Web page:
Renewable power installation slumps across the US
19:12, 27 July 2022
Renewable energy (RE) development across the United States slowed a great deal in the quarter through June, dragged down by “Congressional inaction”, trade issues and pandemic-triggered delays, according to industry group American Clean Power (ACP).
Solar and wind power installations slumped by 55% year over year during the period under review, the second-quarter of 2022, with just 3,188 megawatts (MW) of utility-scale green power capacity installed.
Energy storage was the only technology to experience growth, with a 13% increase in installations, per the latest Clean Power Quarterly Market Report.
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Solar installations were down 53% compared to the corresponding quarter in 2021, while onshore wind installations were 78% lower as against the year-ago period. That made the second-quarter the lowest quarter for renewable energy capacity additions since the third-quarter of 2019.
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The ACP also said that elevated commodity prices, supply-chain issues and higher operating costs weighed down on the rate of clean power development in the country.
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“Our member companies are ready to make the investment decisions necessary for building America’s clean energy economy, but the current business and policy environment is slowing the rate of deployment,” ACP chief executive Heather Zichal commented.
“We have been warning about the storm of policy and economic headwinds the clean power industry is facing, and this is a step in the wrong direction. Congressional inaction and uncertainty on long-term tax policy, tariff and trade restrictions, and transmission constraints all impact the demand for clean energy at a time when we need to be rapidly scaling up development,” Zichal added.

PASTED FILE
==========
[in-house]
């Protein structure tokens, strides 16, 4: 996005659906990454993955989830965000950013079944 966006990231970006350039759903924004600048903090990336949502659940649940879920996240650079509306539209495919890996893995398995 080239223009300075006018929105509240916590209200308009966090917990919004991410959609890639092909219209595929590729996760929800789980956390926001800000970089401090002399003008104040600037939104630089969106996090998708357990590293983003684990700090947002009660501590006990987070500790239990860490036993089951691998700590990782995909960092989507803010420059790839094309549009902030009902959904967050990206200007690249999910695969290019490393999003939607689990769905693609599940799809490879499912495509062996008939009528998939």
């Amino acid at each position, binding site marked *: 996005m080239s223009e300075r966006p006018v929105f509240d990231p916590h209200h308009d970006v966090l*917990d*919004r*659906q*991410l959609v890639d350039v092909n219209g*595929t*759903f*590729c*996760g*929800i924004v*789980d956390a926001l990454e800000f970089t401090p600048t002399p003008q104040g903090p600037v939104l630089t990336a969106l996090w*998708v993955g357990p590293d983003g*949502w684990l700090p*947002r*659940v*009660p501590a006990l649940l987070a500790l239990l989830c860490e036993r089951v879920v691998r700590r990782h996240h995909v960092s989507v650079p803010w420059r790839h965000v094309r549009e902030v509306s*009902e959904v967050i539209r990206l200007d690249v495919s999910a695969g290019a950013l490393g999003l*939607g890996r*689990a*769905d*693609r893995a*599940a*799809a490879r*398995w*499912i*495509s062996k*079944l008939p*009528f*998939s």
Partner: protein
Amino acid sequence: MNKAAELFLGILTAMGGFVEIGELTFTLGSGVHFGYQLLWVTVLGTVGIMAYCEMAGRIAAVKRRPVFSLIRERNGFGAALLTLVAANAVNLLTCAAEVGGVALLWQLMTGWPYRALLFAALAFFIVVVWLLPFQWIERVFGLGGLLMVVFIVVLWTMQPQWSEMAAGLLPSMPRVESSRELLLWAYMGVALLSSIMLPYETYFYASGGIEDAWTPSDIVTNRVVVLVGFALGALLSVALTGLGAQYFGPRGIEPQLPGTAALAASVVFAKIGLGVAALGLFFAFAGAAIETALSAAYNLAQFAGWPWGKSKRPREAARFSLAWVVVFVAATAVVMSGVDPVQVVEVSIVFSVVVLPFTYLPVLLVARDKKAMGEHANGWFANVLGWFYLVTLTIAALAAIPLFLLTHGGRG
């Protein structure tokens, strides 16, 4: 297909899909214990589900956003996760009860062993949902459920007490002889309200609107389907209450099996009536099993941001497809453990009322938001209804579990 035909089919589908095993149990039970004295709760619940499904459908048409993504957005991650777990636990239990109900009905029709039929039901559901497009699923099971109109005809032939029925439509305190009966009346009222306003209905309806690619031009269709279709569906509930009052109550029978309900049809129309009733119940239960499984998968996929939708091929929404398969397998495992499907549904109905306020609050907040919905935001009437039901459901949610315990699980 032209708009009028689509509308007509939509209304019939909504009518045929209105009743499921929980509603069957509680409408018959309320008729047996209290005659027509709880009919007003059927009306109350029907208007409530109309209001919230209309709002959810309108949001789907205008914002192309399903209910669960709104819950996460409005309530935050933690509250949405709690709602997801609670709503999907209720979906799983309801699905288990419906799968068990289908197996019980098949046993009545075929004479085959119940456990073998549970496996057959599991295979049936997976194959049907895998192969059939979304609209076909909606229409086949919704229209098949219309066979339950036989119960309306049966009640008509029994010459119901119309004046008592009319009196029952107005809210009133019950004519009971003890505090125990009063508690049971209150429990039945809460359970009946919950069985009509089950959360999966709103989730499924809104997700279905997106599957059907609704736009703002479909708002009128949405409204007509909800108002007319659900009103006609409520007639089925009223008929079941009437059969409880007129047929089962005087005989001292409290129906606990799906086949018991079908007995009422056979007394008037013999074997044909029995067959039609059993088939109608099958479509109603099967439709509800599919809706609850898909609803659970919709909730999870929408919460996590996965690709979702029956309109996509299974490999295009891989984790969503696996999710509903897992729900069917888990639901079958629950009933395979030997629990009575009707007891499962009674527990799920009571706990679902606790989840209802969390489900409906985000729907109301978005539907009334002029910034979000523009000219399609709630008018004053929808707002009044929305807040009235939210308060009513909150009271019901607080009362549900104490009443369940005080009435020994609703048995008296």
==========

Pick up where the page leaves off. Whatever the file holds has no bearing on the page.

‘Misguided trade actions’
Solar projects were the most prone to delays, with nearly 21GW of projects currently delayed – much of which is a direct result of misguided trade actions, said the report. Solar accounts for 64% of all projects delayed.
Across the US, Texas led RE development activity in the second-quarter with 23,665MW underway, representing 18% of the total project development pipeline. The ‘jumbo state’ was followed by California (13,710MW), New York (10,809MW), Indiana (7,099MW) and Virginia (6,456MW).
Many large projects were commissioned during the quarter ended 30 June, with the biggest being:
- The 260MW DeCordova Energy Storage project in Texas, owned by Vistra Corporation.
- RWE’s Hickory Park Solar and Storage project located in Georgia.
- The 201MW Golden Hills wind project, in Oregon. Owned and developed by Avangrid, the wind farm uses turbines from Vestas and GE Renewables.
100% clean energy target
President Joe Biden’s administration wants all of the US to be powered by sustainable energy by 2035.
90% of the US, could be powered by clean energy, claimed a report by the University of California, Berkeley.
The rapid buildout of additional green energy would inject $1.7trn (EUR1.66trn / GBP1.39trn) of investment into the world’s largest economy, increase energy sector jobs by up to 530,000 per year through 2035, without raising consumer bills, per the 2035 Report: Plummeting Solar, Wind, and Battery Costs Can Accelerate Our Clean Energy Future.
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The target year of 2035 provides sufficient time for most coal and gas-fired power plants to recover their fixed costs, thereby avoiding the risk of stranded costs for investors and consumers, as long as the right policies are in place, the report said.
Existing gas plants, used infrequently and combined with storage, hydropower, and nuclear power would be sufficient to meet demand during periods of extraordinarily low renewable energy generation or exceptionally high electricity demand.
Power generation from natural gas plants would drop by 70% in 2035, when compared to 2019, it added.
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